In the wake of the recent German federal elections, held in September 2021, the world is speculating as to how the change in leadership will affect Germany’s security, diplomacy, and economy. Dr. Peter Wittig, former German Ambassador to the United States, the United Kingdom, the United Nations (UN), Lebanon, and Cyprus, joins GJIA to discuss the implications of the recent German parliamentary elections and the country’s distinctive foreign policy strategy.
GJIA: Do you feel that the loss of Angela Merkel as Germany’s Chancellor will impact the influence of Germany in international bodies like the UN, European Union (EU), and North Atlantic Treaty Organization (NATO)?
PW: First of all, thank you for having me. To your question: in general, leaders have influence on the international stage according to the weight and the importance of their countries. But with Chancellor Merkel at the helm of Germany for sixteen years, she became a force on her own. She became a respected and influential leader on the world stage because of her accumulated knowledge on all major international issues and a rational, almost scientific, approach to politics. She was an enormously respected leader by her peers and often could act as a bridge builder to help forge compromises in international meetings. After sixteen years, she really became a world stateswoman. That is indeed a hard act to follow for any successor.
Recently, Germany has increased its defense budget, vowing to achieve NATO’s two percent goal by the 2030s. To what extent do you feel that this financial decision was a result of external pressure from allies, and will the new elected government continue similar defense goals?
Previous German governments have indeed pledged to “move towards” the two percent of GDP goal until 2024. That is the wording of the decision that leaders made at the NATO Summit in 2014. German governments acted accordingly: defense spending increased substantially – by thirty-five percent from 2014 to 2020, but has yet to reach the two percent goal (1.56 percent in 2021). Now, in German party politics, the two percent goal is not uncontested. The Green Party in particular, which will be part of the next government, wants to spend more money on development aid and conflict prevention instead of focusing exclusively on military defense. Others object to what they see as an exceedingly narrow approach of the two percent metric and prefer a more strategic emphasis on military capabilities and commitments, in other words: burden sharing in terms of effective participation in NATO missions. Here, Germany’s record is not bad at all. Whatever the Germans feel about the two percent goal, most would probably admit that Germany needs to do more for its own security and for the security of Europe.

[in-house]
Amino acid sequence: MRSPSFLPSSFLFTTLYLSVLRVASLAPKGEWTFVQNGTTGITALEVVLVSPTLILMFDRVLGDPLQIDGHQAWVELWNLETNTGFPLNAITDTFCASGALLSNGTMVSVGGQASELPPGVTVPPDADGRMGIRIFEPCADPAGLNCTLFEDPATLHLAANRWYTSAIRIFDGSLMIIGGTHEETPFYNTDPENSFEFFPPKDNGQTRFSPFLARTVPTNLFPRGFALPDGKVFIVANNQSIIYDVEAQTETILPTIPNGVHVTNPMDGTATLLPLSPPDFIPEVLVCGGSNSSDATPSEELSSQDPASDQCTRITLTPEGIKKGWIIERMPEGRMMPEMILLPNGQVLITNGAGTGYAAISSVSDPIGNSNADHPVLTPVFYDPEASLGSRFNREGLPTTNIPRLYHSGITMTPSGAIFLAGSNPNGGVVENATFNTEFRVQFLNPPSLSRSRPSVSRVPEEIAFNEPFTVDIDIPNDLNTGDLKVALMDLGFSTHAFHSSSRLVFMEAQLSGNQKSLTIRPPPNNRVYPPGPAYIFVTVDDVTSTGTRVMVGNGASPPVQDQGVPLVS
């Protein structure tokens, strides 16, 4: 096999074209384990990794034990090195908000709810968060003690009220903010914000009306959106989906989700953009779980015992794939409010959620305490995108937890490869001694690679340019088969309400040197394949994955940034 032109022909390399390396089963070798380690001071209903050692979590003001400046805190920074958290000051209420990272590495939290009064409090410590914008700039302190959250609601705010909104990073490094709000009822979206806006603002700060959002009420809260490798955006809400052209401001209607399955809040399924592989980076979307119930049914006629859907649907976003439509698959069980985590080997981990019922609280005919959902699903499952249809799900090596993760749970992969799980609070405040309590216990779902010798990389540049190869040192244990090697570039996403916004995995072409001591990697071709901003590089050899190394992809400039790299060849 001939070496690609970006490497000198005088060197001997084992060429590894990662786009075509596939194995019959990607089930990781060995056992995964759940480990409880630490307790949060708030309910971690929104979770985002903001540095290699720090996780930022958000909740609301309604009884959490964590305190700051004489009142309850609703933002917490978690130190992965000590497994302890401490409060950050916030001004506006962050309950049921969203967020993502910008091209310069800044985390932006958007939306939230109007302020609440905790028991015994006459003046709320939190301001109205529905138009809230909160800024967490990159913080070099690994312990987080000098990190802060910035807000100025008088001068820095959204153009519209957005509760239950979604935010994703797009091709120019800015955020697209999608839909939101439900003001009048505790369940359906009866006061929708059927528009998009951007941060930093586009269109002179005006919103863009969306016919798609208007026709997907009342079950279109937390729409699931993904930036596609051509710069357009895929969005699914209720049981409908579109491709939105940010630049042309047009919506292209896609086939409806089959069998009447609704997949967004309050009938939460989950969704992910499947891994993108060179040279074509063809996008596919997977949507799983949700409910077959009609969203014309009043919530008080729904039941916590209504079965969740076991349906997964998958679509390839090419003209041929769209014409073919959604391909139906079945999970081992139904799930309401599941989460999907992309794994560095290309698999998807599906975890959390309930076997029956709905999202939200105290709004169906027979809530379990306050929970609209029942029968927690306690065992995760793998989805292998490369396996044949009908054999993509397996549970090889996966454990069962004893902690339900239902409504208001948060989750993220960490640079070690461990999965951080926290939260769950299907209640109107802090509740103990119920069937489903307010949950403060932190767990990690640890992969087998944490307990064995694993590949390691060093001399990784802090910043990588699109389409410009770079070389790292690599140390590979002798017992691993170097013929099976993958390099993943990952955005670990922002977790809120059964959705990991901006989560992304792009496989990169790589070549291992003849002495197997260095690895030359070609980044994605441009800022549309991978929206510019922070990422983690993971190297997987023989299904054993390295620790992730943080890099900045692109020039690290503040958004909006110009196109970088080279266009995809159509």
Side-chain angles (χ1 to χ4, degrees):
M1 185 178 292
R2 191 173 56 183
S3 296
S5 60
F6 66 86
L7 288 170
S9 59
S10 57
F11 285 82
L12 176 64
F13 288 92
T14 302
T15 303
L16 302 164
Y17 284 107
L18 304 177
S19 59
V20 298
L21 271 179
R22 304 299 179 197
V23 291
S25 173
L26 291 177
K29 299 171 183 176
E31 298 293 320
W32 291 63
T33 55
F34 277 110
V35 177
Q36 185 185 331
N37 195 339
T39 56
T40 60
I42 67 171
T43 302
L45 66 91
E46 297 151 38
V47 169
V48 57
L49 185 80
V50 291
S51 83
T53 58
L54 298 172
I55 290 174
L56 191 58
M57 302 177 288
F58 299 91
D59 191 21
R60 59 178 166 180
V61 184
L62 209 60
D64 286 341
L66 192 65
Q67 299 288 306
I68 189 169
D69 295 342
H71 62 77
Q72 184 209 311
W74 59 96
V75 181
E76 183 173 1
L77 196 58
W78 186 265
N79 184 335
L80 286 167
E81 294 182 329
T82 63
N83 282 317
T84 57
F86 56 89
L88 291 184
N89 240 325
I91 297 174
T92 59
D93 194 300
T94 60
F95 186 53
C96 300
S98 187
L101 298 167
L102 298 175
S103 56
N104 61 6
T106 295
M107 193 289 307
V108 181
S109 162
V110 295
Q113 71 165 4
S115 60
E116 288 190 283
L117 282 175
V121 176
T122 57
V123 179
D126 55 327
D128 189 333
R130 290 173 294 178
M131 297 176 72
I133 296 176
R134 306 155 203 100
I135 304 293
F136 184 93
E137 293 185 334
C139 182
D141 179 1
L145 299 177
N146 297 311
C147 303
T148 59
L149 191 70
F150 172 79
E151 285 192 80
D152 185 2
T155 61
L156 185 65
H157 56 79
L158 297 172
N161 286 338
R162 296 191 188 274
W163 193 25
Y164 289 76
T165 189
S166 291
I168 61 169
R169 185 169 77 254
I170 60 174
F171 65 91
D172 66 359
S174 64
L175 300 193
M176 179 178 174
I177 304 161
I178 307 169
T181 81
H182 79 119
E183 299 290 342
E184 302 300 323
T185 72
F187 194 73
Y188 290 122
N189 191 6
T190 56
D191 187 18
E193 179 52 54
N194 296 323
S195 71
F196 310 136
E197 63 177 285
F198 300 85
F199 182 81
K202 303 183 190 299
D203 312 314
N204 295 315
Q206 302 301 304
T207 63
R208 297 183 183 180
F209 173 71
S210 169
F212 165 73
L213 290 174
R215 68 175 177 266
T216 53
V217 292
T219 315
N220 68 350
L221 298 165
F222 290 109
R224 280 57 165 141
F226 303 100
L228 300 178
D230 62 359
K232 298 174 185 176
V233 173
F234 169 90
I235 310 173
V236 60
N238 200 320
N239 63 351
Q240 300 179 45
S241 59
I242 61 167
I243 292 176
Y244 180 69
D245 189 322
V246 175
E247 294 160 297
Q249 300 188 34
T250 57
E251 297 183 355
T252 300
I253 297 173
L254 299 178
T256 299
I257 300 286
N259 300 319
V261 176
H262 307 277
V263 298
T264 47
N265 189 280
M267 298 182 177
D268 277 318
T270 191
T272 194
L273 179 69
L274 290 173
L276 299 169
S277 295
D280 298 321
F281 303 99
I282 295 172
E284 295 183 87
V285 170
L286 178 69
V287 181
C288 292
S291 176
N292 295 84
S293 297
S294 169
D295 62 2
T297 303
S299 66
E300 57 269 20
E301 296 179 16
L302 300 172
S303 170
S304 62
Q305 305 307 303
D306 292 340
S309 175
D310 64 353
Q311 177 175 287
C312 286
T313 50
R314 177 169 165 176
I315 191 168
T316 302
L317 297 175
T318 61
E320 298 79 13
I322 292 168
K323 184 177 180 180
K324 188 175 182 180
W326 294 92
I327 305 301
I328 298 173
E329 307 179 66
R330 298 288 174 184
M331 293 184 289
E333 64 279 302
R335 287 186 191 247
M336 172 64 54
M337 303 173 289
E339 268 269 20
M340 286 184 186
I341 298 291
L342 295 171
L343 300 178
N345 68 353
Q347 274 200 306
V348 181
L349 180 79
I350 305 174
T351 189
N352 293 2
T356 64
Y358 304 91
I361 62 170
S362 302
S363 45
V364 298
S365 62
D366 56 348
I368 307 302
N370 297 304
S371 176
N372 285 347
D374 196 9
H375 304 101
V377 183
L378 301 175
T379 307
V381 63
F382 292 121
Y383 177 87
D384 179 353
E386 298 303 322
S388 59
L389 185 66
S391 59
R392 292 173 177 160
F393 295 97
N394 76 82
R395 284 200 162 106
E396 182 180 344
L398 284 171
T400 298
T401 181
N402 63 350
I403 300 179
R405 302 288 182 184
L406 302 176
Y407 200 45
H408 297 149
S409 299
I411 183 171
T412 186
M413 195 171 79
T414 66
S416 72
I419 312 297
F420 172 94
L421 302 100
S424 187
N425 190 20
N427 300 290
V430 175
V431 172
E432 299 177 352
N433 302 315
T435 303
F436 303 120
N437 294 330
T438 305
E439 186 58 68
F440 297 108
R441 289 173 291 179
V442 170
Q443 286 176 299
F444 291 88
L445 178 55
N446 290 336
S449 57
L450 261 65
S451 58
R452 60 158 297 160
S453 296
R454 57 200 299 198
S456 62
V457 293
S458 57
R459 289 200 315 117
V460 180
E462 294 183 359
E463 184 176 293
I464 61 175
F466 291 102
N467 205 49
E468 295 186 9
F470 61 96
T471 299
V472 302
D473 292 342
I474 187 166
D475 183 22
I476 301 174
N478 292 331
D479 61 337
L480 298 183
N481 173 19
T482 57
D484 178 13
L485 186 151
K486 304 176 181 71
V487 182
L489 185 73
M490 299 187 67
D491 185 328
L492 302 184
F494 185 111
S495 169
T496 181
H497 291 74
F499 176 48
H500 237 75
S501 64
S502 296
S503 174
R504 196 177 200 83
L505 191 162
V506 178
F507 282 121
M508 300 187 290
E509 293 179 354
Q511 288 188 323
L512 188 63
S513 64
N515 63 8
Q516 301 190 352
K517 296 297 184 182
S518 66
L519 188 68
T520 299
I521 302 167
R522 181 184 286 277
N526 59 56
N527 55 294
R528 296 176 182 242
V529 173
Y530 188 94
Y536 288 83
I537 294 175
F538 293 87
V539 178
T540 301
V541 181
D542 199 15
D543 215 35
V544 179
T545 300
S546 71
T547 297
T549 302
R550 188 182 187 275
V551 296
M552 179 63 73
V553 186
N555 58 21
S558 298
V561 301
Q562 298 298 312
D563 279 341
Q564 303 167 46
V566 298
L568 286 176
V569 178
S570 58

Some Western nations view Germany’s strategy regarding affairs with China as overly lenient, as Germany has historically focused more on the economic opportunities of the relationship than security concerns. Do you feel that this is an accurate interpretation of German-Chinese diplomacy, and how do you think that this foreign policy will differ with the new government?
Germany is an export-oriented industrial economy. It has a huge economic stake in China, so it is a national economic interest to maintain close trade relations with China. That is a somewhat different position from the United States. German decision-makers fear that Europe could find itself in the crosshairs of an increasingly hostile U.S.-China relationship. Most Europeans do not want to be dragged into a new “Cold War 2.0.” They prefer to develop a nuanced relationship with China as a partner in tackling global challenges like climate change, as a competitor in industry and technology, and as an adversary when it comes to hard security issues—if China engages in coercive measures or violations of international law. Europe and the United States should set up a joint agenda on China and face challenges together: in technology, trade, standard-setting and multiple security issues. The Biden administration seems to be open to such a common approach, which makes both of us stronger.
Germany has had a history of denouncing and restricting Russian activities and employing economic sanctions while attempting to preserve diplomatic conversations with the Kremlin. During the recent election, significant distinctions between parties were evident regarding German-Russian relations, with some supporting increased cooperation and others advocating for a more extreme position challenging Russia. To what extent do you believe this issue influenced German voters, and how do you feel that the new government will approach this matter?